SRAM X7 Derailleurs and Shifters (2013)


With its positioning in the mid-category of the American’s producer range, the X7 groupset takes on Shimano’s SLX components. If SRAM did a good job with the set and if it manages to surpass its opponent, you can find out in this review.

First off we have the X7 rear derailleur, with an interesting design given its nice paintjob, but with a slightly outdated appereance. As far as compatibilty goes, the manufacturer is offering it in a 9 or 10 speed version, with a long or medium cage, and for our test we found out what the 9-speed, long cage model was capable of. Shifting isn’t exactly at its fastest, some delay occuring between the moment you push the shifter’s lever until the derailleur executes your command. Although this is not something that the SLX manages to avoid, in Shimano’s case the delay is shorter, and gives you the feeling that the derailleur’s spring is stiffer. Also, on rough trails, the chain slaps without any obstacle, and the Type II technology isn’t there to help the X7 derailleur do better, like Shimano did with Shadow Plus, which is present on the SLX. Another design flaw is the fact that the X7 rear derailleur outgrows the frame, thus being exposed to hits or scratching. Yet, it does manage to excel in terms of weight, with a 20 gram difference compared to the SLX.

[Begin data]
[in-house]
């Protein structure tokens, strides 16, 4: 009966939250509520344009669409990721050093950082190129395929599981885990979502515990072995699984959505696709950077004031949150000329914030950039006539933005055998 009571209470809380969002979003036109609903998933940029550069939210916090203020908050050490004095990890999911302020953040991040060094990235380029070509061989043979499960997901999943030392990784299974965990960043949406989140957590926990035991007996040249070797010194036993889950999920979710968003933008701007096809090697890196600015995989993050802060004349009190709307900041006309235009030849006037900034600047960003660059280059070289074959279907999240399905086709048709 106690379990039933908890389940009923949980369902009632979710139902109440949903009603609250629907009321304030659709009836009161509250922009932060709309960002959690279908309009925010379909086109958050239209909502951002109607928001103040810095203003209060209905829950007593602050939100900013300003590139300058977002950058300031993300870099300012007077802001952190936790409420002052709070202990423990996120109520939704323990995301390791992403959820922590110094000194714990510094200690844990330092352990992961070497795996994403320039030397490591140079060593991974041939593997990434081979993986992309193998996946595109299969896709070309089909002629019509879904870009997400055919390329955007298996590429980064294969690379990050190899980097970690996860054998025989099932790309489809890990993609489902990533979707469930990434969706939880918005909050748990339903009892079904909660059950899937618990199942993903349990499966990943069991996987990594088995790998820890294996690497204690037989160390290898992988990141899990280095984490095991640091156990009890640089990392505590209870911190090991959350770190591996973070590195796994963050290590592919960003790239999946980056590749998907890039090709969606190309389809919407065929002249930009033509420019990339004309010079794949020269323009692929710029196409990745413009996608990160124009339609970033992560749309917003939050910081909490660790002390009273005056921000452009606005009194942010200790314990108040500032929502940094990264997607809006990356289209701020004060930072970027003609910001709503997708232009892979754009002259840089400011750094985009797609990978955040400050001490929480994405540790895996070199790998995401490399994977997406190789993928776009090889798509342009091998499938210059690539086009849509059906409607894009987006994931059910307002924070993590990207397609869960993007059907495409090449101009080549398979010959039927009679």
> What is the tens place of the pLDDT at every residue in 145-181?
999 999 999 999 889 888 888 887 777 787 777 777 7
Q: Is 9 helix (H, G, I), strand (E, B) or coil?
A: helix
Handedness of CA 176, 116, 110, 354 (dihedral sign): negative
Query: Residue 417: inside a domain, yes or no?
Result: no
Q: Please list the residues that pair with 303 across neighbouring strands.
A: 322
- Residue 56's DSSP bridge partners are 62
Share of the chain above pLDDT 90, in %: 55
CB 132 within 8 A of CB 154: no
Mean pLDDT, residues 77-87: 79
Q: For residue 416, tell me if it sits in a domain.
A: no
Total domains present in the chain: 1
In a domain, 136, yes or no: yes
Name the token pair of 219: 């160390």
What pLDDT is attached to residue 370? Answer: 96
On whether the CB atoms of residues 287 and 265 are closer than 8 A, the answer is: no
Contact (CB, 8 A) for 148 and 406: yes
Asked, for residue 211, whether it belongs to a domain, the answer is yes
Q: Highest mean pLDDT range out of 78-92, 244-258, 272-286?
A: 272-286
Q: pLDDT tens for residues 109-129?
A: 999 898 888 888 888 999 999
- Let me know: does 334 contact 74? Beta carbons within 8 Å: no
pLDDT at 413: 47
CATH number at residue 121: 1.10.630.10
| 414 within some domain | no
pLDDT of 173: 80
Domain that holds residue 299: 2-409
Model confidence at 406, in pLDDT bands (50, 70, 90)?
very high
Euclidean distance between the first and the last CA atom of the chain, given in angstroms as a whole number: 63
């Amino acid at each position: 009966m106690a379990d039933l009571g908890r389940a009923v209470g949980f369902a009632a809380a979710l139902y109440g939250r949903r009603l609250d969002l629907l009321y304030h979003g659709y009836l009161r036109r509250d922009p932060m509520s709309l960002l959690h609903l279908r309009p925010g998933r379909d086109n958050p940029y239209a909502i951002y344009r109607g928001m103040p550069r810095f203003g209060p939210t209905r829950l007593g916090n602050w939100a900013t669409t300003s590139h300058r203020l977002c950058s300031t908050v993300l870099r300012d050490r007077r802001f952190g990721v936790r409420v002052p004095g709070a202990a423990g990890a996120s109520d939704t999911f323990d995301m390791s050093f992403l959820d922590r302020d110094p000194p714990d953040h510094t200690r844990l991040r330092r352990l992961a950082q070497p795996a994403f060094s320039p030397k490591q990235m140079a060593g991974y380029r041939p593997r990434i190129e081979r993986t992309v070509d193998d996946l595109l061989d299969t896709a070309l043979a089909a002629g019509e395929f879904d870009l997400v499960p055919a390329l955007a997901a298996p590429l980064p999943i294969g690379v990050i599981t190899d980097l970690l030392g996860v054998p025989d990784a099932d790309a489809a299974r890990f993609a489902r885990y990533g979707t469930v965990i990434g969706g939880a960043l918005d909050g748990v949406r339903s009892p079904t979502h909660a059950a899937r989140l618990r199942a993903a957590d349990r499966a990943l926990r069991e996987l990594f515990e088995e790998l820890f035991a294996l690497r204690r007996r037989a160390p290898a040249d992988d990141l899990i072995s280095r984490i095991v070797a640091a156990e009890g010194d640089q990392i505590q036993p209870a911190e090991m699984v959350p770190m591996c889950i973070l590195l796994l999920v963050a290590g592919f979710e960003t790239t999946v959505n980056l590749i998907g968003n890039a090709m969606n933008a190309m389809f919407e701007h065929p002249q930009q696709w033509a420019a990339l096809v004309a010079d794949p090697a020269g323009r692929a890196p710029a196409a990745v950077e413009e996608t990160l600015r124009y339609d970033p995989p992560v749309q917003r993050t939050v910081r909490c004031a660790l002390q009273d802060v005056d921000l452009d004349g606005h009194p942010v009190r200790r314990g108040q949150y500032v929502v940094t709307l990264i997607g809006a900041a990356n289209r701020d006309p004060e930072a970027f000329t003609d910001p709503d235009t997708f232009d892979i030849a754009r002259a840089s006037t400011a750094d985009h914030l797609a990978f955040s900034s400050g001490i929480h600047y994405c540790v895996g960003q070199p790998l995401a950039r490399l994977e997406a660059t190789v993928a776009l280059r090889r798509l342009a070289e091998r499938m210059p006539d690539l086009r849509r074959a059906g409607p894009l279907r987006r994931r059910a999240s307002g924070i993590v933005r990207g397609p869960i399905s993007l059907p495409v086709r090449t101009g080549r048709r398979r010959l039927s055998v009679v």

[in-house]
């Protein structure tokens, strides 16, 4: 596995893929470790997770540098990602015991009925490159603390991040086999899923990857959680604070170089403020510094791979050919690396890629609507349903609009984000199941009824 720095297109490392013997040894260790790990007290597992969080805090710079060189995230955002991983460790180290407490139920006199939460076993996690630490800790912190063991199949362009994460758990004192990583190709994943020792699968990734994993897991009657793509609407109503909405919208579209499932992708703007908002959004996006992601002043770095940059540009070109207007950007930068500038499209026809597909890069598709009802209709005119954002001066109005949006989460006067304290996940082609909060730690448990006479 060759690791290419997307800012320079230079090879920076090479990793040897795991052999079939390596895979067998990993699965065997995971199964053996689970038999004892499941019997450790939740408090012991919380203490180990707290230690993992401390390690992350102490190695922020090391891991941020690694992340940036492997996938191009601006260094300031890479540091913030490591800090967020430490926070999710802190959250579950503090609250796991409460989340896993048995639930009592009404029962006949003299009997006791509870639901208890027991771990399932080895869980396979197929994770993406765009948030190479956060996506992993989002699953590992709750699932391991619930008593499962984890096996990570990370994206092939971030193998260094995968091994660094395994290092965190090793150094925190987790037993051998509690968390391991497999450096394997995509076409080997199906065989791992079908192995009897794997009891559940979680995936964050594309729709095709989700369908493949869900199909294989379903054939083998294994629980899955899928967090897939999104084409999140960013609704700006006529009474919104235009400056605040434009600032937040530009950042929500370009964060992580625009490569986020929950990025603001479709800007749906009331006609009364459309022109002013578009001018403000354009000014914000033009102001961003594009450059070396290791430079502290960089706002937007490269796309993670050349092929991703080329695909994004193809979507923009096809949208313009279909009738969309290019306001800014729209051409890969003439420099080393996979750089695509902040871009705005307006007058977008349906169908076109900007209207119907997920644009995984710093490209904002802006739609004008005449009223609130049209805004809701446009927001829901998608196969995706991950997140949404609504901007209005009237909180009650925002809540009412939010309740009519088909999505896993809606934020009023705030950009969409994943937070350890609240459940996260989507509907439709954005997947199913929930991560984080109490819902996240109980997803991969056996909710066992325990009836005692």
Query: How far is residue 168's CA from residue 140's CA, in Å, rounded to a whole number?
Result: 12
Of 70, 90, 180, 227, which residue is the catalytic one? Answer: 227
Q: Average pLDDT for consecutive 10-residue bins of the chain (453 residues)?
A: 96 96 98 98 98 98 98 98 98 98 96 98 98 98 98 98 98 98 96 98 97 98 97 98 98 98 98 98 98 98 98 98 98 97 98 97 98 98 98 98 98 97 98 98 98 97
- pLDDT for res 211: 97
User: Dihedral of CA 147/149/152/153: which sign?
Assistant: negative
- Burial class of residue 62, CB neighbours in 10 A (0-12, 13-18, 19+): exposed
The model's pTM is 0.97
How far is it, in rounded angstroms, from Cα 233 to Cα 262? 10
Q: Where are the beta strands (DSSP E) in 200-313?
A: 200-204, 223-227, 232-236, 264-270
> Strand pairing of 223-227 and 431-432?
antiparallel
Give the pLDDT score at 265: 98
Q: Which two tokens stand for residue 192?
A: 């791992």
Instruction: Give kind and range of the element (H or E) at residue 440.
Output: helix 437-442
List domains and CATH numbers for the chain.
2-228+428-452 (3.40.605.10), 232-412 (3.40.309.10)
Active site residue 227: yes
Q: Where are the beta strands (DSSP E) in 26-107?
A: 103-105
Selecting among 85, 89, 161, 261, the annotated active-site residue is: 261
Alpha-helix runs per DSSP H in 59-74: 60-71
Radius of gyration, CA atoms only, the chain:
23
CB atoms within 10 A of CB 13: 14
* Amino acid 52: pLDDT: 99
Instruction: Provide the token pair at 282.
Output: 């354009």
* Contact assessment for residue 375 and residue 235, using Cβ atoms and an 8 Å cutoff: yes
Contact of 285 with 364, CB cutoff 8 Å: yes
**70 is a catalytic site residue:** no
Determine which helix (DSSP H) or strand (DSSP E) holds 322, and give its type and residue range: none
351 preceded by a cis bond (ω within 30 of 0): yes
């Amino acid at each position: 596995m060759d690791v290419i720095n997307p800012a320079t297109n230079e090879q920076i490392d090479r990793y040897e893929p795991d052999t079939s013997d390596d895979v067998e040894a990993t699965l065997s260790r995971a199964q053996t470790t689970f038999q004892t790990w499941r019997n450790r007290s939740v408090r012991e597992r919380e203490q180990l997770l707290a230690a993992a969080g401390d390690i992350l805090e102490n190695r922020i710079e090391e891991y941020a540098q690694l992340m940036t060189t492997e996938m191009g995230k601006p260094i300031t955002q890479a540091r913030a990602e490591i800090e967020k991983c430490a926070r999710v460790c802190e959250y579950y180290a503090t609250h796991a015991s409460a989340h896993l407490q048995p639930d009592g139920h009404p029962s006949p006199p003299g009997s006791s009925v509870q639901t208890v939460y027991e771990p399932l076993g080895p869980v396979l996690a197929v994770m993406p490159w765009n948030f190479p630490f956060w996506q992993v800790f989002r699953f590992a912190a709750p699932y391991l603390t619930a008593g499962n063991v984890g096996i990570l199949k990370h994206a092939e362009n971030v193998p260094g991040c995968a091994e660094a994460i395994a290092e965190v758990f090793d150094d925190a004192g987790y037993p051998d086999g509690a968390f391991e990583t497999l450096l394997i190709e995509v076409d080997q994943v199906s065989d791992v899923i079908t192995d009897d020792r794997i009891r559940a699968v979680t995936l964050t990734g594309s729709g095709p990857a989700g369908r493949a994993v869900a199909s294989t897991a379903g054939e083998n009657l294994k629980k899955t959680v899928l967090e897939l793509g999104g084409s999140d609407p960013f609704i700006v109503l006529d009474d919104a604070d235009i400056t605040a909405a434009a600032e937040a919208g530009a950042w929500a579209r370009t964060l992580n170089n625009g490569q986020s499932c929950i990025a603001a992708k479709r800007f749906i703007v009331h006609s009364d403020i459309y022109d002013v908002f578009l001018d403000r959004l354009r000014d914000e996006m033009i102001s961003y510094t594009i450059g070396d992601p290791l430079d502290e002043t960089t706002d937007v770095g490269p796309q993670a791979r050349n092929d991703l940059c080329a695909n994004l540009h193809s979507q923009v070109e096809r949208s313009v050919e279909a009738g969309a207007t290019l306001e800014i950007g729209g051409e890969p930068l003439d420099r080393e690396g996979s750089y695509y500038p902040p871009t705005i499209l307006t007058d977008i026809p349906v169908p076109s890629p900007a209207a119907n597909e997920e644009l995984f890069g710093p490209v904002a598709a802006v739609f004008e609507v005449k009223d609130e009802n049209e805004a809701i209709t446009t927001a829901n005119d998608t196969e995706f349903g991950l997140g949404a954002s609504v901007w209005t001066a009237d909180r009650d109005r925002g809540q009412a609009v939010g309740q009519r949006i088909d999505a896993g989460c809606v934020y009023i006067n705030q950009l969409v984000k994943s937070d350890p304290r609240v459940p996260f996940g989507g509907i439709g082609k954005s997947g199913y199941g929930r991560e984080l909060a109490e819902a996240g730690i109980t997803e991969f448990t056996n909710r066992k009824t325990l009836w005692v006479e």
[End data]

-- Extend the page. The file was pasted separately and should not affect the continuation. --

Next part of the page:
As far as the front derailleur is concerned, actuating it is very easy and simple, the chain behaves as expected, but it does not achieve a higher speed than SLX in doing so. Weight is once again the ace up the sleeve of this derailleur, the aluminum clamp and steel cage construction besting SLX by 20 grams.

Lastly, the shifters of the X7 drivetrain confirm our opinion so far, which states that quality materials have been used, with fine finishes, but not good enough to overshadow the SLX groupset. If you add the lack of a corresponding technology of the 2-Way-Relese system, Shimano’s gain grows. All in all, SRAM X7 is a decent groupset for cross-country or all-mountain mountain bikes, yet it’s behind Shimano’s SLX in most terms, except for weight.

Rear derailleur weight: 263 grams
Front derailleur weight: 137 grams
Shifter weight: 260 grams/pair